"We are all human beings," she said. "This has nothing to do with Catalan independence or friction. This is a terrorist attack and we are defending (v.防卫, 防护) peace. This could have happened to you, to me, to my children, to anyone."
Why did they attack Barcelona, I asked.
"Because Barcelona is always in the papers," she said. "When youre a terrorist, no-one will pay attention if you attack a little village lost in the middle of nowhere, yes? But attack Barcelona and everyone is going to read about it."
Then we said goodbye and she headed off to the citys Vall dHebron hospital to give blood.
Stopping the hate
Human rights activists Luca Gervasoni Avila and Josep Maria Royo also turned up to observe the silence.
(Luca Gervasoni Avila)
"We are all in shock," said Luca. "It was not easy to come here, just 100 metres from the place where the attack started."
For him, the key message was that "we have no fear and we are a city of peace".
While this was a moment for giving support to the victims, there had to be a rethink on how to combat (vt. 与...战斗) terrorism, he said.
Mass surveillance and intensive use of the military and the police did not work, he argued. Instead, "human rights, tolerance and democracy" should be promoted.
"We are a city with a large number of immigrants, a city that wants to welcome refugees, a city that wants to offer a different model of response in the event of terrorism," said Luca. "Now is a moment to think different."
Josep Maria Royos immediate response to the violence in Barcelona was to go on social media in an effort to calm people down.
"People were sharing images of their crime which showed children, blood, injured people," he said.
"Its easy to spread (v. 传播) a message of hate against the Islamic population. We must stop these expressions of hate."
People who are overweight or obese (adj.过胖的) are at increased risk of heart disease even if they appear medically healthy, experts are warning.
The work, in the European Heart Journal, is further evidence against the idea people can be "fat but fit".
The researchers studied health data on more than half a million people in 10 European countries, including the UK.
Normal blood pressure (血压), cholesterol (n.胆固醇) and blood sugar (血糖) levels were no assurance (n. 担保, 保证) of good heart health among obese people.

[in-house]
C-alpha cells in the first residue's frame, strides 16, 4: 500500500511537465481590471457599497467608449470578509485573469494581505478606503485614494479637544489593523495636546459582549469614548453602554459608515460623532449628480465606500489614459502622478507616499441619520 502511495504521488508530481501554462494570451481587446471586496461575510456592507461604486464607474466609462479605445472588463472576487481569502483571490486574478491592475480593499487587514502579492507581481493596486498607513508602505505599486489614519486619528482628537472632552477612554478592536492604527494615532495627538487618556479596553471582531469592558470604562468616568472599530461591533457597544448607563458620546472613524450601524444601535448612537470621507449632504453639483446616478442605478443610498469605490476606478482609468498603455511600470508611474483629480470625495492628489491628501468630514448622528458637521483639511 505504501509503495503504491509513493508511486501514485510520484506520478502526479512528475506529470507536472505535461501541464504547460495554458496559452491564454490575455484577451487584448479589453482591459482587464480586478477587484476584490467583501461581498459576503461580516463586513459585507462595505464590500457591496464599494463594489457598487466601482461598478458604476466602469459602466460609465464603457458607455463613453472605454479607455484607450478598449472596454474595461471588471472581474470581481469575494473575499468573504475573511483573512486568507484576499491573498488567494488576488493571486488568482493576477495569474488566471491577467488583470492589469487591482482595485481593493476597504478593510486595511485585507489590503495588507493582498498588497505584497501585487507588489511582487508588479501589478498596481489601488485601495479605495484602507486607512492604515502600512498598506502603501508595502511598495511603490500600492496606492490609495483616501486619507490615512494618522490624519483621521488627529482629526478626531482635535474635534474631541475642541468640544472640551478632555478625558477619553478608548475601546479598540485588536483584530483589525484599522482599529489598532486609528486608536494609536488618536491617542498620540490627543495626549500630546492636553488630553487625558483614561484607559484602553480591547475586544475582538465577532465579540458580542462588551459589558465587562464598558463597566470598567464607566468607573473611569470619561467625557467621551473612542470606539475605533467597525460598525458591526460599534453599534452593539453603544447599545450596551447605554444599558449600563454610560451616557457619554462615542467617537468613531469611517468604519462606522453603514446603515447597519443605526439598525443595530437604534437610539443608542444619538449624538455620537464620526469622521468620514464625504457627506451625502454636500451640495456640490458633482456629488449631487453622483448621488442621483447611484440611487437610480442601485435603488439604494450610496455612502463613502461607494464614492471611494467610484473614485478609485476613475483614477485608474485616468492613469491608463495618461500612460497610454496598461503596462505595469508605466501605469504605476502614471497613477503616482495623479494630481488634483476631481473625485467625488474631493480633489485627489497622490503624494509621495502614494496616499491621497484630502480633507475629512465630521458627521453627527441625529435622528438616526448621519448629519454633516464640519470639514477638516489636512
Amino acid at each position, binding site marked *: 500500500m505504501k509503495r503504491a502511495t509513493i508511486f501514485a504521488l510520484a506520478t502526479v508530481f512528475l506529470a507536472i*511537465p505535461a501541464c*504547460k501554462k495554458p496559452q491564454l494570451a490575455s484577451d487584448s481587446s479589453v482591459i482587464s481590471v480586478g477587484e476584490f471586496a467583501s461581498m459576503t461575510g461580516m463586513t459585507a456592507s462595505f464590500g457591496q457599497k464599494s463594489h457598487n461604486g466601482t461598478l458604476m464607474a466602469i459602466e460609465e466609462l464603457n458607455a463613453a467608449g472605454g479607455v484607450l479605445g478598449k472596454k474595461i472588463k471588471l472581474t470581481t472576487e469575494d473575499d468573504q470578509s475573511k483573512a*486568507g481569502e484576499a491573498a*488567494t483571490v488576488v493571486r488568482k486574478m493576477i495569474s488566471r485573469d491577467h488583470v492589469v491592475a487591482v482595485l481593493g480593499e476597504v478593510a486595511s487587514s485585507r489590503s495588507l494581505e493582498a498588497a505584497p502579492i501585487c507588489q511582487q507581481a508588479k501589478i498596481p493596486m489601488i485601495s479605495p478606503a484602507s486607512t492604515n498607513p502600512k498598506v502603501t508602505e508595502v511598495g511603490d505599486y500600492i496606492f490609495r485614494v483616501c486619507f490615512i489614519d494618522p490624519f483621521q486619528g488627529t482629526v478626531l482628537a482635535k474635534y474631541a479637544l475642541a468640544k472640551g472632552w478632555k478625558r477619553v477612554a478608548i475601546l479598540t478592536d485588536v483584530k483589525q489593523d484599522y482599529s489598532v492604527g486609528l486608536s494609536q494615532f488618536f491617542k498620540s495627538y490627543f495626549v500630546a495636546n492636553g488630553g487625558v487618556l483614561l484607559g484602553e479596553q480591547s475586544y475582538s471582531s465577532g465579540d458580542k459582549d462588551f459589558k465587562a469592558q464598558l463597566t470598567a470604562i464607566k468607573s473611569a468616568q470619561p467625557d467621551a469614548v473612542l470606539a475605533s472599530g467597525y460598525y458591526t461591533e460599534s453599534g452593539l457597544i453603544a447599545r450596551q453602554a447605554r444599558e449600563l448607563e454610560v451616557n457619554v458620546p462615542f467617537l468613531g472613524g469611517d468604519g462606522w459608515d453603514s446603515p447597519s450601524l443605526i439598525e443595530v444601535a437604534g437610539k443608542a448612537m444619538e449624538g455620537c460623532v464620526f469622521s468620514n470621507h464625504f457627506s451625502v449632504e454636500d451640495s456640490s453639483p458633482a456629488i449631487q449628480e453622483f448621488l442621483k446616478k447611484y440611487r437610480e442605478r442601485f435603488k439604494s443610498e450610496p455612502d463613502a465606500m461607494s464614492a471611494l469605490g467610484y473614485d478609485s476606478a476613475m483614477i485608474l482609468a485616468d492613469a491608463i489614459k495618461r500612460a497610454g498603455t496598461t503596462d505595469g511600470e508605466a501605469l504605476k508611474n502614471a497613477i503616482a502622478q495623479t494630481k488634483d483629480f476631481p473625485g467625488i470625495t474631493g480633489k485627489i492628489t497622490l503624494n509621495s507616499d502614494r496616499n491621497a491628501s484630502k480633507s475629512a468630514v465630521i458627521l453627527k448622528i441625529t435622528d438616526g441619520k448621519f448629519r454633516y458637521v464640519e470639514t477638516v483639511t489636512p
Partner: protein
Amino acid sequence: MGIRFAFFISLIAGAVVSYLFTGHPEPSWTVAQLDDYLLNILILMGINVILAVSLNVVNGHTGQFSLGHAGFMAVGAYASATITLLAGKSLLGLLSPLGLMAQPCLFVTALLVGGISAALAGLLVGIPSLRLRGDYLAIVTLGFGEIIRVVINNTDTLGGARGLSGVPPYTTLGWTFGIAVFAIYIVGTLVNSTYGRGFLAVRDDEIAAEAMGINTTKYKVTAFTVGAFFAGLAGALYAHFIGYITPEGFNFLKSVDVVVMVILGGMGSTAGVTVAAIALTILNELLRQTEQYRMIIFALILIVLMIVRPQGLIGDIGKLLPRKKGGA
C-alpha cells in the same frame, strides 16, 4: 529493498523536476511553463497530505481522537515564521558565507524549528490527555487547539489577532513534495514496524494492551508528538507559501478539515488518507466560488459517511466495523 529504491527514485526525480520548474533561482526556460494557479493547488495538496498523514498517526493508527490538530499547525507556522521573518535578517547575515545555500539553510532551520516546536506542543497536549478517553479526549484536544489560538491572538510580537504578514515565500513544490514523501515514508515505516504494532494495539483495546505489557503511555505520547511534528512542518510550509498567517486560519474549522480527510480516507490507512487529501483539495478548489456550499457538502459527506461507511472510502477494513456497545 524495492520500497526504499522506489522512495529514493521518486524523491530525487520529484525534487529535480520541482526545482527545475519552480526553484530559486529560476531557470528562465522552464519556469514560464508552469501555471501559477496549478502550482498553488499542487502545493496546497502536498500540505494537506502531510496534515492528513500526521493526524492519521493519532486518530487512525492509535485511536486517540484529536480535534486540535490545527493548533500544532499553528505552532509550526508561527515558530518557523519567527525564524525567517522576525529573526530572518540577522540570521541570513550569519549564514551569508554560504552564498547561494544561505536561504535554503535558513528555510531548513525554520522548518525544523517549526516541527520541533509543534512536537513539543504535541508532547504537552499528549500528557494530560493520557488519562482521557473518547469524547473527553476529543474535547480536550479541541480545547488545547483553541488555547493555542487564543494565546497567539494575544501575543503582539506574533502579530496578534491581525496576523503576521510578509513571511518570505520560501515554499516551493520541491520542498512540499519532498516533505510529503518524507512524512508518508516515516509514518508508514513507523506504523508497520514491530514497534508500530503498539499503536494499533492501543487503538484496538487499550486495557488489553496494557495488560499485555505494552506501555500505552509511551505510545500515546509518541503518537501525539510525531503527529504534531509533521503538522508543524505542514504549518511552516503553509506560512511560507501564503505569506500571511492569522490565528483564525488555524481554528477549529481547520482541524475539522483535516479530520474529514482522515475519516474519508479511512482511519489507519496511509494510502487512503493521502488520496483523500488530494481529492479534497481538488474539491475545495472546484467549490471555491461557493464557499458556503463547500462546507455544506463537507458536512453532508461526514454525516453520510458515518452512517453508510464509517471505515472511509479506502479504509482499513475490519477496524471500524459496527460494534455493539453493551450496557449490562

After a follow-up period of more than 12 years, 7,637 of the people in the study had developed heart disease.
Weight appeared to be a risk factor.
In the study, people who were overweight or obese but had healthy blood pressure, blood sugar and cholesterol readings were about 28% more likely to develop heart disease than individuals with similar readings and a healthy bodyweight.
Being fat and "metabolically (adj.新陈代谢) unhealthy" - having high blood pressure, cholesterol and blood sugar - was riskier still.
Are you a healthy weight for your height?
The researchers at Imperial College London and the University of Cambridge say the findings are a reminder that carrying too much fat can store up health problems for the future.
Dr Ioanna Tzoulaki, from Imperials School of Public Health, said: "I think there is no longer this concept of healthy obese (健康的肥胖).
"If anything, our study shows that people with excess (n.超额) weight who might be classed as (分类) healthy havent yet developed an unhealthy metabolic profile.
"That comes later in the timeline, then they have an event, such as a heart attack."
According to the researchers, the excess weight itself may not be increasing the risk of heart disease directly, but rather over time through mechanisms (n.机制, 原理) such as increased blood pressure and high glucose.
Prof Metin Avkiran, from the British Heart Foundation, which part-funded the research, said: "The take-home message (关键的是) here is that maintaining (v.维持, 保持) a healthy body weight is a key step towards maintaining a healthy heart."